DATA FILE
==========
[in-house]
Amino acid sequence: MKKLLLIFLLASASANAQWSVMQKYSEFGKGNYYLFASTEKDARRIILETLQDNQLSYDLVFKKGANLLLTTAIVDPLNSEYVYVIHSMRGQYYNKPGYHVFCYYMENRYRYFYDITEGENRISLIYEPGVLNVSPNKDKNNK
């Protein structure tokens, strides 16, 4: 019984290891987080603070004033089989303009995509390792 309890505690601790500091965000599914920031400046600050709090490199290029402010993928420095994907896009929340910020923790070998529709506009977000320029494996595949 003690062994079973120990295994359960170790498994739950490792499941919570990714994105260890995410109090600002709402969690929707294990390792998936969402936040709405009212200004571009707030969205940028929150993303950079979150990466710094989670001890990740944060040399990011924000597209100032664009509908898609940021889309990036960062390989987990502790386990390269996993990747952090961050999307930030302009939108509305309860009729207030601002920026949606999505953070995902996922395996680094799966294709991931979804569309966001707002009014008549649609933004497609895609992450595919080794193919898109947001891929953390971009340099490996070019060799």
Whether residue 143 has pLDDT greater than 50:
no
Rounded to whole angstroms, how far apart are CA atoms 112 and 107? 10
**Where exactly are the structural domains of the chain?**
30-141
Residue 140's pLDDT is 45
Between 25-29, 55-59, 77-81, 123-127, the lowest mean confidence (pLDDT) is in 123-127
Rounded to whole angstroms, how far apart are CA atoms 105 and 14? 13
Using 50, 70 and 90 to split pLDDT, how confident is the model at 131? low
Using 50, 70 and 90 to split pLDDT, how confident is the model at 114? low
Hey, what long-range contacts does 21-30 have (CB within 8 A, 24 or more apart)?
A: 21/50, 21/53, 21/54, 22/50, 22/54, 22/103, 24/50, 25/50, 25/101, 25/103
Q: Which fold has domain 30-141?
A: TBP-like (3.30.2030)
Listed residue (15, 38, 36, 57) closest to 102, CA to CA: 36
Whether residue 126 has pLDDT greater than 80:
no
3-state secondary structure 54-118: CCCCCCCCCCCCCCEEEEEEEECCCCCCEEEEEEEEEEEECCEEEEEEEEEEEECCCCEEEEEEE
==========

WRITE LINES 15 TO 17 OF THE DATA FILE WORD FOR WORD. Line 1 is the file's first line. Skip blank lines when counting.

A: 21/50, 21/53, 21/54, 22/50, 22/54, 22/103, 24/50, 25/50, 25/101, 25/103
Q: Which fold has domain 30-141?
A: TBP-like (3.30.2030)